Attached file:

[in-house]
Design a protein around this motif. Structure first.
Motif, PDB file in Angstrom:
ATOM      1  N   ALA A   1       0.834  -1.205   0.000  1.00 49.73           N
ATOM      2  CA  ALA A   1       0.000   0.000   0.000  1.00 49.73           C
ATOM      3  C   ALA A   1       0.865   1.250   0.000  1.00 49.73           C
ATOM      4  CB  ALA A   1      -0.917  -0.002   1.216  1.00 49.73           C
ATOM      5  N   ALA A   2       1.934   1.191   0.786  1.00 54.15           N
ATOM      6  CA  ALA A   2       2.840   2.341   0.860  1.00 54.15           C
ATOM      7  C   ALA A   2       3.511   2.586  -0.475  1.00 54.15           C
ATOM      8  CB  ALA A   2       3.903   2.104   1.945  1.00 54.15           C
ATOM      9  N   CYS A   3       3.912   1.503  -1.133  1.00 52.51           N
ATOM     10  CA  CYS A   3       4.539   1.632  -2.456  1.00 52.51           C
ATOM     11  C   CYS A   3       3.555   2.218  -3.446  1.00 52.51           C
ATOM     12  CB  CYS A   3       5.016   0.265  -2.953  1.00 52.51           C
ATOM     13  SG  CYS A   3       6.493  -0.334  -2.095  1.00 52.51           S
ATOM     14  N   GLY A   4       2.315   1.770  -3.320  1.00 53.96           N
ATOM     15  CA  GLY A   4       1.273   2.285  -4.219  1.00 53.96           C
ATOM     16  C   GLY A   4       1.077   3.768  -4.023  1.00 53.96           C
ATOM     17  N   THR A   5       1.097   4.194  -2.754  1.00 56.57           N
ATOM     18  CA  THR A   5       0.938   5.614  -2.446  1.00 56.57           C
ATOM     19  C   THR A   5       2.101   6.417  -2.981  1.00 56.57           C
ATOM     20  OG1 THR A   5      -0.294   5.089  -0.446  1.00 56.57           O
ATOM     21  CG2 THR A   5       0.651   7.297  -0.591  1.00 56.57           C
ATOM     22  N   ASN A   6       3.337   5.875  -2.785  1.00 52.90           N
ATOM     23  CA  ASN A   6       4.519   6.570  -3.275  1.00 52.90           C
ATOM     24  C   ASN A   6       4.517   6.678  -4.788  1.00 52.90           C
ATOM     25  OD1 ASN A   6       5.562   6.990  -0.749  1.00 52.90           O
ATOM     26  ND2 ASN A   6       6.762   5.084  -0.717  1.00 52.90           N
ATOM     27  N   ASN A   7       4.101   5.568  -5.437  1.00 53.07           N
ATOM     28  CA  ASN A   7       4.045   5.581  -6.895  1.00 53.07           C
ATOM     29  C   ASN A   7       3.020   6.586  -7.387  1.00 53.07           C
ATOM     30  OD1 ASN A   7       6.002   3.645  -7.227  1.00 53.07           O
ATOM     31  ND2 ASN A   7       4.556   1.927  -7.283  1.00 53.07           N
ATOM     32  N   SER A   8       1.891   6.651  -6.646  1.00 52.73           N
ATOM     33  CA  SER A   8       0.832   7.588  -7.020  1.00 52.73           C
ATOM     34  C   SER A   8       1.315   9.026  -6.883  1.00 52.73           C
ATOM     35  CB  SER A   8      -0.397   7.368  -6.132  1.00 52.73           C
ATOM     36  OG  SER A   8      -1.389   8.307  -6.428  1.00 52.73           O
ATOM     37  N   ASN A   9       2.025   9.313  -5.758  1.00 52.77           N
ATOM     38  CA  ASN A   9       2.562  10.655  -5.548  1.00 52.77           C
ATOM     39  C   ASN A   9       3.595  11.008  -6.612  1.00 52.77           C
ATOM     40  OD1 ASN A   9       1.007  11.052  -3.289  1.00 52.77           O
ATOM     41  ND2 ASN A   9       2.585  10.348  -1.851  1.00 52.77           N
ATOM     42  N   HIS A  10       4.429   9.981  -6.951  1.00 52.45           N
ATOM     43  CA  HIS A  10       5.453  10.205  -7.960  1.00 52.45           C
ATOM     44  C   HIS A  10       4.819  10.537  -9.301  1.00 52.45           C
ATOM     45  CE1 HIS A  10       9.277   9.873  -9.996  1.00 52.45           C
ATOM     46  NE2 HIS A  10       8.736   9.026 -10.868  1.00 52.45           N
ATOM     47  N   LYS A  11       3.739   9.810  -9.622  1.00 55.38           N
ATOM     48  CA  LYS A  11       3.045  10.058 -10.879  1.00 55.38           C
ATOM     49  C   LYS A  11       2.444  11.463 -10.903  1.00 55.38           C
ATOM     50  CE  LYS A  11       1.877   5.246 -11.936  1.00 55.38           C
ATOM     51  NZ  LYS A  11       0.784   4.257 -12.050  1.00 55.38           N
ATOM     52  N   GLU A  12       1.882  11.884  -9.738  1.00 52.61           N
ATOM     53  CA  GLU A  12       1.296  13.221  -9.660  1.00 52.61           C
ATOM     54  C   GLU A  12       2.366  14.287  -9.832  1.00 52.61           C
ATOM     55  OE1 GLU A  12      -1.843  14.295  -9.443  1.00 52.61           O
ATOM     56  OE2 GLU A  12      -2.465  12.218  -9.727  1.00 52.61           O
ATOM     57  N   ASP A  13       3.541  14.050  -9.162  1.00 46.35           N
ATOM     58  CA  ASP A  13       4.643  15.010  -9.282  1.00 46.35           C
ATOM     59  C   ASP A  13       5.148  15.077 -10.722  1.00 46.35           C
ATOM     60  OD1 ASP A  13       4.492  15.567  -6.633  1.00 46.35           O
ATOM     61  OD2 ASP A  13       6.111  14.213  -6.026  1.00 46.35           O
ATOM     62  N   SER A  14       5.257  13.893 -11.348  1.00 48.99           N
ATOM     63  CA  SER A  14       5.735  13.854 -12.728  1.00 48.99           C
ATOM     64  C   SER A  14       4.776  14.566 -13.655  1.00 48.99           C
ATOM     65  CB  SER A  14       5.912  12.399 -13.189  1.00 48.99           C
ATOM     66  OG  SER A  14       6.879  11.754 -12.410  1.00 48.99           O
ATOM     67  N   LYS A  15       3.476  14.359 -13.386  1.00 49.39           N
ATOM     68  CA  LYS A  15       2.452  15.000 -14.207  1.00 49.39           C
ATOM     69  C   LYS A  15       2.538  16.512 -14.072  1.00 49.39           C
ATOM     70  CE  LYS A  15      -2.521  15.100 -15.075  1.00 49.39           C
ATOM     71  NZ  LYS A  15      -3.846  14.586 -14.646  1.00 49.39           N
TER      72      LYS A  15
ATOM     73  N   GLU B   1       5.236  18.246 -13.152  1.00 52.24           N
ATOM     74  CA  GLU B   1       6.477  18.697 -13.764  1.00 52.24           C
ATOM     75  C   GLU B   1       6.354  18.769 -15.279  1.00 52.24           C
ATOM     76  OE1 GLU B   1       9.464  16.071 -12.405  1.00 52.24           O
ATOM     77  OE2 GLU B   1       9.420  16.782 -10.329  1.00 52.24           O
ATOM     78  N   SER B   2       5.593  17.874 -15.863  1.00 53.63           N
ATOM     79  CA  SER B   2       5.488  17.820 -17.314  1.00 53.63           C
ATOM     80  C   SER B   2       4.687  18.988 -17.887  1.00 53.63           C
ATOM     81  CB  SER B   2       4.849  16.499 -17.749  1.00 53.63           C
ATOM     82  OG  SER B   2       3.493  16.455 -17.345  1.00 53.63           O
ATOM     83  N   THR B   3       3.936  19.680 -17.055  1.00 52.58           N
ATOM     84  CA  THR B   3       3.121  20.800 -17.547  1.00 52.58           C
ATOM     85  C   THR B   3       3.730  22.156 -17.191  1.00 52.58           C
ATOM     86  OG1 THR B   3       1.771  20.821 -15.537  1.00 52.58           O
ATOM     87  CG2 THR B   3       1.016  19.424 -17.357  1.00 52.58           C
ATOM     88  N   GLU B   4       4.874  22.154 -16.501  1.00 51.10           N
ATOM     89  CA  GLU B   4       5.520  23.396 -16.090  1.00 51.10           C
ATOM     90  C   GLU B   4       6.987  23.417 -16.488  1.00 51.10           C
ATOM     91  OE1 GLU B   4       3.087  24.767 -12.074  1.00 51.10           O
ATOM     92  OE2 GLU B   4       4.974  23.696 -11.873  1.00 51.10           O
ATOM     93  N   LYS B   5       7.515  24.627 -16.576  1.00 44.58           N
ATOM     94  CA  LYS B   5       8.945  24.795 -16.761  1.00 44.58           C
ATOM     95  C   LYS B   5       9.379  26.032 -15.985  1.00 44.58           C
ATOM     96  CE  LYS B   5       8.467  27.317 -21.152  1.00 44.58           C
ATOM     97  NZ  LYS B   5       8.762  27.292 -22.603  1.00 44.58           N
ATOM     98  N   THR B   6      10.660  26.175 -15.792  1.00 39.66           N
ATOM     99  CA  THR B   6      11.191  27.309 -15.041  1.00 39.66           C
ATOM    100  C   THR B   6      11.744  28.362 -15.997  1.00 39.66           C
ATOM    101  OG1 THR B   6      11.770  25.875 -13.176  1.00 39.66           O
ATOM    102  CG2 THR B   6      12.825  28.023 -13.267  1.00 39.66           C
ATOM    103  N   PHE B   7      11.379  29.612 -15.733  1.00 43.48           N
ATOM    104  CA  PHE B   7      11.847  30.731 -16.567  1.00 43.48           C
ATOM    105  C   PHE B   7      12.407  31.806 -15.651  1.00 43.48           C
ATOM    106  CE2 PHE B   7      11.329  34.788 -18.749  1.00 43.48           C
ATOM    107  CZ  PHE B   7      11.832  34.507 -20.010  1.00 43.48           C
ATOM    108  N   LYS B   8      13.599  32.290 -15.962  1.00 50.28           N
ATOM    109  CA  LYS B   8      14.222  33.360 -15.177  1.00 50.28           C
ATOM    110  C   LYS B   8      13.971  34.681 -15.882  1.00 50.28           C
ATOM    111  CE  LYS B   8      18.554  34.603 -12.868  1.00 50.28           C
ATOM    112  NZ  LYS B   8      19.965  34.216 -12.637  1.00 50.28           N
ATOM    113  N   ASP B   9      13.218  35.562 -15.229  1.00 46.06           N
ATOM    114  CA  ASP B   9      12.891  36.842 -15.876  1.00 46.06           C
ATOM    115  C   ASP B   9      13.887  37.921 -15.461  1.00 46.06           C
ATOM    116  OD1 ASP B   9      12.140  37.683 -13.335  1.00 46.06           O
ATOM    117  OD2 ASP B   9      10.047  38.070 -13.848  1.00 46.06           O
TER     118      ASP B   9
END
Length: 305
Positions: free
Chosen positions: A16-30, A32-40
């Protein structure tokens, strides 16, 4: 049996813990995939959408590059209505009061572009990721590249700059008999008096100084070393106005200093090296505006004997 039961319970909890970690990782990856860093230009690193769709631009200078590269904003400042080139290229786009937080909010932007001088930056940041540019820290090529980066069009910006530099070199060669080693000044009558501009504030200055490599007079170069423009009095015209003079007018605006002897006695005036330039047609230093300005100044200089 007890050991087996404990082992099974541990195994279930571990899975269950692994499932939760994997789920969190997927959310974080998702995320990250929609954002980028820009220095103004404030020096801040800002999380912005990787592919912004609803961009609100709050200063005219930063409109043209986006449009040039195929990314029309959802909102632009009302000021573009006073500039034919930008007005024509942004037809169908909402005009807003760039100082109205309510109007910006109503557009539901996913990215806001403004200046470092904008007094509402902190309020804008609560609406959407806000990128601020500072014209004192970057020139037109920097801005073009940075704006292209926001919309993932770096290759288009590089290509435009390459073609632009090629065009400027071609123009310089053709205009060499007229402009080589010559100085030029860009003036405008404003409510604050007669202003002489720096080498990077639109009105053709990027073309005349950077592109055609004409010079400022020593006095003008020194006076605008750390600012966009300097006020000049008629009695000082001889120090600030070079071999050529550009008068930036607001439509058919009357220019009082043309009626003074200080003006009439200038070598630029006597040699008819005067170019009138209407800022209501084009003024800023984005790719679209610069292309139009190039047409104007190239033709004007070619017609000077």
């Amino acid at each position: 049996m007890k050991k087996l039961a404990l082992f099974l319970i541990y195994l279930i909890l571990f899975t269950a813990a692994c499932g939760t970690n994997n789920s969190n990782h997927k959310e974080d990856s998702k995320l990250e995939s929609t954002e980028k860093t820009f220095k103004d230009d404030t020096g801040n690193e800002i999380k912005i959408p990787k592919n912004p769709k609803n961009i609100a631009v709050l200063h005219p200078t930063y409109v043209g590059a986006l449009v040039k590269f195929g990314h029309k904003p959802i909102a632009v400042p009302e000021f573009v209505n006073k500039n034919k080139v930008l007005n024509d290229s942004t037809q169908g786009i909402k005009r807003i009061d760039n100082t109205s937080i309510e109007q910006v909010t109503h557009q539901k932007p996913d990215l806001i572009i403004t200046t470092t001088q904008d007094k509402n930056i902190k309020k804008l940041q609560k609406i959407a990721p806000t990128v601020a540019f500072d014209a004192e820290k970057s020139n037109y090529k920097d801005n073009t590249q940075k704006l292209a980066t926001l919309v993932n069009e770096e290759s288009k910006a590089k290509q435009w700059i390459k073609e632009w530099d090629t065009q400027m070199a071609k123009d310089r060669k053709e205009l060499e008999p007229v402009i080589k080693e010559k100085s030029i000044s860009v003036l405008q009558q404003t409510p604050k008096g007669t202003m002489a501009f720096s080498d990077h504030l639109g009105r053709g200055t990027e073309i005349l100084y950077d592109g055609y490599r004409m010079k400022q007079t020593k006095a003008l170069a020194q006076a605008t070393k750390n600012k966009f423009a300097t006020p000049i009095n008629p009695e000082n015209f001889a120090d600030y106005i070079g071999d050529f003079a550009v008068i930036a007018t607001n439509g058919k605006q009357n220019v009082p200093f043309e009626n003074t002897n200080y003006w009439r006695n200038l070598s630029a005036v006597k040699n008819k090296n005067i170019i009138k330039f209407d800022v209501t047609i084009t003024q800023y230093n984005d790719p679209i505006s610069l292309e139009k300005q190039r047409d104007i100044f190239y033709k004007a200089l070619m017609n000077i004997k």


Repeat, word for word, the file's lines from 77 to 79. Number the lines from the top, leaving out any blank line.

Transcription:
ATOM     74  CA  GLU B   1       6.477  18.697 -13.764  1.00 52.24           C
ATOM     75  C   GLU B   1       6.354  18.769 -15.279  1.00 52.24           C
ATOM     76  OE1 GLU B   1       9.464  16.071 -12.405  1.00 52.24           O